Decision boundary is within the scope of WikiProject Robotics, which aims to build a comprehensive and detailed guide to Robotics on Wikipedia. If you would like to participate, you can choose to edit this article, or visit the project page (Talk), where you can join the project and see a list of open tasks.
I wrote this article to replace what was basically a substub, but I don't know much about this topic, so I've tagged it for expert review. (I'd never even heard of support vector machines until now; I just mentioned them because they were mentioned in the original version of the article.) I also don't know what a decision space is, or how it relates to the concept of a decision boundary, but perhaps it ought to be merged somewhere (here, for example)? —User:Caesura(t) 19:57, 28 November 2005 (UTC)
As far as I can tell, a decision space is just a 3 dimensional hyperplane belonging to a 4 dimensional hyperspace, which then seperates 4 dimensional objects in two groups. I only study this field right now, so it may be completly off.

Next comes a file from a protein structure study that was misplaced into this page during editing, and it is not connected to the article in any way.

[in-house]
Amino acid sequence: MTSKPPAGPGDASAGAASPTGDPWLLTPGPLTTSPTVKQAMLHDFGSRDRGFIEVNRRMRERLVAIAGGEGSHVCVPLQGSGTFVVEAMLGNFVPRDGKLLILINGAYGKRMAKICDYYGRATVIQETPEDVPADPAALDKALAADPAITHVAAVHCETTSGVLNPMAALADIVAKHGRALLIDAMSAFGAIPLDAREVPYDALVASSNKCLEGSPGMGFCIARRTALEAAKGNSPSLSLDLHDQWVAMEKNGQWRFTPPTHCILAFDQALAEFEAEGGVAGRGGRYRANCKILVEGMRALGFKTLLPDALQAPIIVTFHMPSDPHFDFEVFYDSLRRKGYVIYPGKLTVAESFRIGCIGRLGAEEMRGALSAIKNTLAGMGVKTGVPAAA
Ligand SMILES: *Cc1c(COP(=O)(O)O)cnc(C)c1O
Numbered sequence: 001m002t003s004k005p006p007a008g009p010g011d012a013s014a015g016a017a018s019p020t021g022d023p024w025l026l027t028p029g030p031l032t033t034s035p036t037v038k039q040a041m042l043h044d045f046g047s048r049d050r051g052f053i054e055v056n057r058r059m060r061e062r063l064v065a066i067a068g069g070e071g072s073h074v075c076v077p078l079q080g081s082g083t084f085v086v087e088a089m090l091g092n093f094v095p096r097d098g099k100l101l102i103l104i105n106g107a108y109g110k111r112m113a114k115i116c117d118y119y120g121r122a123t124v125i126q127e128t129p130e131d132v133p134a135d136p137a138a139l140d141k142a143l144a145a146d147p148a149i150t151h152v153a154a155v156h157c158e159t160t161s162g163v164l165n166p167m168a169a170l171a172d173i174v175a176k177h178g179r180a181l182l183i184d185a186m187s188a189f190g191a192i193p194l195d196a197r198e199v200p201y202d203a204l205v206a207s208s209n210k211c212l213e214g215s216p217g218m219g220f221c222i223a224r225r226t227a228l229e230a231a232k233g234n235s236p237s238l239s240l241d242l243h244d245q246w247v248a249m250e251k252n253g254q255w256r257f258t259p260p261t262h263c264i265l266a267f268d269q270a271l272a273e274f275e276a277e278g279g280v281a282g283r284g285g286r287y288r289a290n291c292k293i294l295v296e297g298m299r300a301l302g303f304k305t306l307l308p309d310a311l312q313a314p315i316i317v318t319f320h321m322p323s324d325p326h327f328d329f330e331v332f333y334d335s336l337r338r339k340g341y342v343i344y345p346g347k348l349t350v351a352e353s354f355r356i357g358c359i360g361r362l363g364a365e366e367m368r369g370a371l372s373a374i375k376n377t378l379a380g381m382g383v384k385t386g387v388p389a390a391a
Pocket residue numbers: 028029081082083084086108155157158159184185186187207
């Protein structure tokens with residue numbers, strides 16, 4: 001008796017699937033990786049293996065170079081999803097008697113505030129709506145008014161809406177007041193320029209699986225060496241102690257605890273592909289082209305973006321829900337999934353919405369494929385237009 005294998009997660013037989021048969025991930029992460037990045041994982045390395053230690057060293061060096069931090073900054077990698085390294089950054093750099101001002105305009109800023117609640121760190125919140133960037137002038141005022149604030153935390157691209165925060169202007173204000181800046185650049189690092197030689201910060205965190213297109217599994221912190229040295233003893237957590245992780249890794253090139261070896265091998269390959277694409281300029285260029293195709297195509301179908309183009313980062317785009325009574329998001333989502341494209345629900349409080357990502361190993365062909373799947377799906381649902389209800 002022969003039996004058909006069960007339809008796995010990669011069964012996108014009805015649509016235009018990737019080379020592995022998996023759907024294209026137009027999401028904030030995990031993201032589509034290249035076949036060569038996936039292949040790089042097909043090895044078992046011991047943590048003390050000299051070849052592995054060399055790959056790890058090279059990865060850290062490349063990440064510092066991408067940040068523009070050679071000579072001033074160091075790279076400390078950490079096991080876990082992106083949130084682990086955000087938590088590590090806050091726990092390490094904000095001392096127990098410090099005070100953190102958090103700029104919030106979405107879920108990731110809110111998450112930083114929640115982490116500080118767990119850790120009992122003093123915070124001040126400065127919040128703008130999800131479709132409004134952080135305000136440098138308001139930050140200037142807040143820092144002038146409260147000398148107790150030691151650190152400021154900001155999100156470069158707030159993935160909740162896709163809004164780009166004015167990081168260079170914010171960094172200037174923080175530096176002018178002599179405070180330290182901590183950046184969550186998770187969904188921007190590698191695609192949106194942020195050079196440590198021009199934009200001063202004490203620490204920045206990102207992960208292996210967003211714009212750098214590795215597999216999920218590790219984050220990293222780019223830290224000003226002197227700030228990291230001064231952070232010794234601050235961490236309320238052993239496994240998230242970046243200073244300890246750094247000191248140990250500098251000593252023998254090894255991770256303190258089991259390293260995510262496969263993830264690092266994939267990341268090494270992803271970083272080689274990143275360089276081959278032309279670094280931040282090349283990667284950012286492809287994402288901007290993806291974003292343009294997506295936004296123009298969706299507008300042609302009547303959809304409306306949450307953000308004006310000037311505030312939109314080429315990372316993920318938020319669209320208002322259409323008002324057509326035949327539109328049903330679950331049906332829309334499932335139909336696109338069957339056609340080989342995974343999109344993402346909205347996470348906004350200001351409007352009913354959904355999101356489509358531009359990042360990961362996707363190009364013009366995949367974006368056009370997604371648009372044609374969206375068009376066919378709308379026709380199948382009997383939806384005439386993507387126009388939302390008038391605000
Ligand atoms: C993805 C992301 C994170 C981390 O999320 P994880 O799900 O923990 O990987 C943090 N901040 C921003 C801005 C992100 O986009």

The article reads "If it has one hidden layer, then it can learn problems with convex decision boundaries (and some concave decision boundaries). The network can learn more complex problems if it has two or more hidden layers." This is not true. A feedforward neural network with one hidden layer and one output layer can approximate anything. More layers may be more efficient, more elegant, or otherwise desirable, but not strictly needed. — Preceding unsigned comment added by 126.96.36.199 (talk) 23:02, 26 February 2014 (UTC)